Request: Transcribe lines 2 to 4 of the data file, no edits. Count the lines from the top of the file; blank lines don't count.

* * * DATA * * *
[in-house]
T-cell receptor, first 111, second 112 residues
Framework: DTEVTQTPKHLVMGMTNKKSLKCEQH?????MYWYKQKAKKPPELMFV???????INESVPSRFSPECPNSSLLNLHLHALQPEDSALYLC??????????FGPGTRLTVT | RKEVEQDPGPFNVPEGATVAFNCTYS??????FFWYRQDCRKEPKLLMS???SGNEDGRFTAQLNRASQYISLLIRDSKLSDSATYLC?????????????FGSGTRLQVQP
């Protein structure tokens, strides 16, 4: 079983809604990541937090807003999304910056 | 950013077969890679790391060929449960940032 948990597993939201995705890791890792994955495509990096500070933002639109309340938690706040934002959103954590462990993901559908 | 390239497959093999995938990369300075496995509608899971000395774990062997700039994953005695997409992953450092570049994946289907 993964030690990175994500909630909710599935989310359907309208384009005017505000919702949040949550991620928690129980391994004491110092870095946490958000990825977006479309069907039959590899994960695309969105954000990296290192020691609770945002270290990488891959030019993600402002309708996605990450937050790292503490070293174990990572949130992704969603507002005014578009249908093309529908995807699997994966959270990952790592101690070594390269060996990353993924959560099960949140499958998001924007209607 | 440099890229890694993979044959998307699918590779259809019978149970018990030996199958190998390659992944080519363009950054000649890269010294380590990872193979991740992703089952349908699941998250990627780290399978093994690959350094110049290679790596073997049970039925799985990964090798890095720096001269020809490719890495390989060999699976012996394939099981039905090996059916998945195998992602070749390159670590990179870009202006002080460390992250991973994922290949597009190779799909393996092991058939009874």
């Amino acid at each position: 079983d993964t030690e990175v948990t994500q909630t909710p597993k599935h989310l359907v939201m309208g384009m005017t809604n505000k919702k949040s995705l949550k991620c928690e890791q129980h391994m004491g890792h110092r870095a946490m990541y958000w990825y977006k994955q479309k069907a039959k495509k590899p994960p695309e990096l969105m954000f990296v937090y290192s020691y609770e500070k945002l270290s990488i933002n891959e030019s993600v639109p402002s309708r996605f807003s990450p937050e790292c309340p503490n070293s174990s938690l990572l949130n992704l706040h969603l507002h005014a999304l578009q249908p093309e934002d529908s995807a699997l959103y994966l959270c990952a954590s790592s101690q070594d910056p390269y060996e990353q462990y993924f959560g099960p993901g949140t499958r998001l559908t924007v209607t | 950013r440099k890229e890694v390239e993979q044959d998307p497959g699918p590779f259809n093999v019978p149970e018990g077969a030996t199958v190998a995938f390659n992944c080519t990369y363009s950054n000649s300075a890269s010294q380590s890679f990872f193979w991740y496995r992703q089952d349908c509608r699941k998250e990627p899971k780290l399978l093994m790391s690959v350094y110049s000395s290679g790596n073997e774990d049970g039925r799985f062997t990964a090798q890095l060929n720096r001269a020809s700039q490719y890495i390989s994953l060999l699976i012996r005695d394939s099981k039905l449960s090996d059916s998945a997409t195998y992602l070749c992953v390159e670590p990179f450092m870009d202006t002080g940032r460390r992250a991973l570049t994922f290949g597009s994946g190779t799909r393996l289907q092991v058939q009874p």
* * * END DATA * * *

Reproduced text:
T-cell receptor, first 111, second 112 residues
Framework: DTEVTQTPKHLVMGMTNKKSLKCEQH?????MYWYKQKAKKPPELMFV???????INESVPSRFSPECPNSSLLNLHLHALQPEDSALYLC??????????FGPGTRLTVT | RKEVEQDPGPFNVPEGATVAFNCTYS??????FFWYRQDCRKEPKLLMS???SGNEDGRFTAQLNRASQYISLLIRDSKLSDSATYLC?????????????FGSGTRLQVQP
């Protein structure tokens, strides 16, 4: 079983809604990541937090807003999304910056 | 950013077969890679790391060929449960940032 948990597993939201995705890791890792994955495509990096500070933002639109309340938690706040934002959103954590462990993901559908 | 390239497959093999995938990369300075496995509608899971000395774990062997700039994953005695997409992953450092570049994946289907 993964030690990175994500909630909710599935989310359907309208384009005017505000919702949040949550991620928690129980391994004491110092870095946490958000990825977006479309069907039959590899994960695309969105954000990296290192020691609770945002270290990488891959030019993600402002309708996605990450937050790292503490070293174990990572949130992704969603507002005014578009249908093309529908995807699997994966959270990952790592101690070594390269060996990353993924959560099960949140499958998001924007209607 | 440099890229890694993979044959998307699918590779259809019978149970018990030996199958190998390659992944080519363009950054000649890269010294380590990872193979991740992703089952349908699941998250990627780290399978093994690959350094110049290679790596073997049970039925799985990964090798890095720096001269020809490719890495390989060999699976012996394939099981039905090996059916998945195998992602070749390159670590990179870009202006002080460390992250991973994922290949597009190779799909393996092991058939009874």